Description Personal Voices I 181 "THAT THEIR DAYS MAY BE LONG. . . ." Elsie Dee My father and mother greeted me as the first of five daughters, eleven months and sixteen days after they were married. During the fifty-five years of their being together, I have been home with them, daily or weekly, except for twenty-two months when proselyting for the Church, six months concluding graduate work out of the state, and a few short vacations. I have now stopped asking myself, "Why didn't challenging professional opportunities appear further than fifty miles from the home front?" "Why didn't marriage and a family come to me?" "Why has it been my lot to remain at home?" "Whose responsibility is it to care for elderly parents?" But I can't help asking another question over and over: "Does it have to be so hard?" For the first ten years of their marriage, my parents moved back and forth from southern Nevada to central Utah trying to settle. Father had been reared in Nevada with seven brothers, all trained to be productive in cattle raising and agriculture. But as one daughter after another arrived, Father looked at her daintiness and finally decided to return north to Mother's country. "We can give them better schooling," he said. Our parents gave us a memorable childhood. Our winters were spent in town, attending school, playing with friends, and going to all Church functions. Summers were spent in the canyon where Father was a flume patrolman for the utility company. Here all of the cobwebs we had accumulated during the school year were gently blown away. We hid among the trees, played paperdolls, swam in the river, and read. To develop our character, we picked strawberries, during the season, down in the valley. We were paid ten cents a crate, which not only developed character but a stiff back for a bonus. We never had money to go on a trip. In today's terminology I suppose we were economically deprived, but those were glorious and peaceful years. Mother's discipline was easy going, but we minded Father as law. Both were kind and earnest, desiring to see all of us mature socially, economically, and educationally. Throughout our growing years Mother stressed Church attendance, paying tithing, saying our prayers, and doing what the Church authorities said. Father emphasized being honest, helping everyone, working hard when doing all tasks, and giving more for a day's work than we were paid. During the subsequent years these principles have been our anchorage. Starting about 1927, each time Mother became restless or bored she purchased real estate. We had, on the average, a new mortgage every four and one-half years. A few of the houses were sold (as a last resort), one was lost during the depression of the Thirties, but the rest have been rented, usually to students who stayed, at best, one school year. We moved at least every six months, in those early years, into whichever unit was unoccupied at the time. Finally in 1938 Mother bought a large lovely family dwelling where we are yet living and where Mother wants to spend her last years. During these productive years Father turned most of his wages over to Mother. He also repaired, painted, and remodeled the rentals and worked full time for the power company. He kept reminding us that it was a good thing he was in the family. All of us agreed with him; he could fix anything. Indeed, Mother's rental units were a project that involved the whole family. Mother always said, "If you can carry a scrub bucket to our houses, you can make money." Until they married, my younger sisters and I carried the scrubbing gear to empty real estate purchases while Mama collected the money. She used the money to help us advance, spending very little on herself. However, as my sisters left home the cleaning-up task became almost entirely mine. Until her eightieth birthday Mother was full of subtle humor, taking her renting troubles lightly and meeting the financial needs of her daughters with calmness while they were growing toward maturity. Several years ago, a girl who commuted with me to work said one day, "My mother is now seventy-five. You can expect changes to come to your parents anytime after seventy." Mother gradually began disliking little things the renters did. She would ask them to leave, have me clean up the apartment, then rent a single unit to three different couples. When things went wrong she scolded and blamed me. She began increasingly to compare me to my younger sister, now living four miles away, who has always been Mother's favorite because she is our peacemaker, can calm stormy weather. "Why aren't you more like her?" Mother would ask. Though I was trying harder to agree with her, I was steadily pleasing her less. Father has always been a great talker, bringing home a multitude of stories about the progress, regressions, business accomplishments, and humor of individuals and families.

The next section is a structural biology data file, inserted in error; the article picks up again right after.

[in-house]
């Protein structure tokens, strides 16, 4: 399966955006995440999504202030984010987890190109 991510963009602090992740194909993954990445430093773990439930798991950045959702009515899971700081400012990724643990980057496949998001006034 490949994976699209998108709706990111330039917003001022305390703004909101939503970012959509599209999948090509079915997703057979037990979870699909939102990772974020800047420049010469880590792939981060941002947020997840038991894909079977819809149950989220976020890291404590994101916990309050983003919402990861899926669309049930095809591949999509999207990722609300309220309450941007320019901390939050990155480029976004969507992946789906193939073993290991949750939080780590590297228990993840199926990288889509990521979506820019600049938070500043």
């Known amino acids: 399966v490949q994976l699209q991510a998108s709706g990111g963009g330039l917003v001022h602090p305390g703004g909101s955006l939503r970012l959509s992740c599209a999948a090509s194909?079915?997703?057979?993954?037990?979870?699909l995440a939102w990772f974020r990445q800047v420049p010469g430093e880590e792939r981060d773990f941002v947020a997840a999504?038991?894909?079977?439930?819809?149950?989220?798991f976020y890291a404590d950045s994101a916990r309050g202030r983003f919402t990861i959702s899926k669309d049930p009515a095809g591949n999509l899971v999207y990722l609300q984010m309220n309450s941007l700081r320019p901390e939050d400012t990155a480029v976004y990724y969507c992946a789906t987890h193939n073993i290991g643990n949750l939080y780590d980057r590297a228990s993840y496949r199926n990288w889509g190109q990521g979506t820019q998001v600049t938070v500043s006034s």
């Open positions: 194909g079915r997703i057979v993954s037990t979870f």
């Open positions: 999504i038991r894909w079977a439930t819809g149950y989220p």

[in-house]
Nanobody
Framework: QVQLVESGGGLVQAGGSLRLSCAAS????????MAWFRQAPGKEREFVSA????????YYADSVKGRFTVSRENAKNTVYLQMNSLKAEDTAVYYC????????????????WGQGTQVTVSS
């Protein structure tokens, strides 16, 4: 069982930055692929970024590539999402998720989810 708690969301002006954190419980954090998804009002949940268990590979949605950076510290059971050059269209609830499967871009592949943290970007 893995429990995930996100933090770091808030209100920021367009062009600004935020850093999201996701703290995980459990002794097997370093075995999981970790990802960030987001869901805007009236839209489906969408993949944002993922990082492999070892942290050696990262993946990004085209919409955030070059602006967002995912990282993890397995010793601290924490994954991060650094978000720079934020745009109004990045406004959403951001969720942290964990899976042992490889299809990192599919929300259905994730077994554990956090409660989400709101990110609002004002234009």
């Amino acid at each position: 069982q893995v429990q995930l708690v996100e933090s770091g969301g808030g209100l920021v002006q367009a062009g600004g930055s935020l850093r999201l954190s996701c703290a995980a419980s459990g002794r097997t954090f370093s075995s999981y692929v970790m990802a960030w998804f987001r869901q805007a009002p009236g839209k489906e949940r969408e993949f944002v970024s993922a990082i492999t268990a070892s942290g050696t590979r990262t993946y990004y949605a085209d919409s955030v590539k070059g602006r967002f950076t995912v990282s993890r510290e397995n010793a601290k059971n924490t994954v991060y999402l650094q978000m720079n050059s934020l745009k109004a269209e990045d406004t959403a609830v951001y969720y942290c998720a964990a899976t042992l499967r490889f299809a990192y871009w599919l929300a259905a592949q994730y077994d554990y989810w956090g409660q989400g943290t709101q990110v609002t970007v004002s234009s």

Creator Dee, Elsie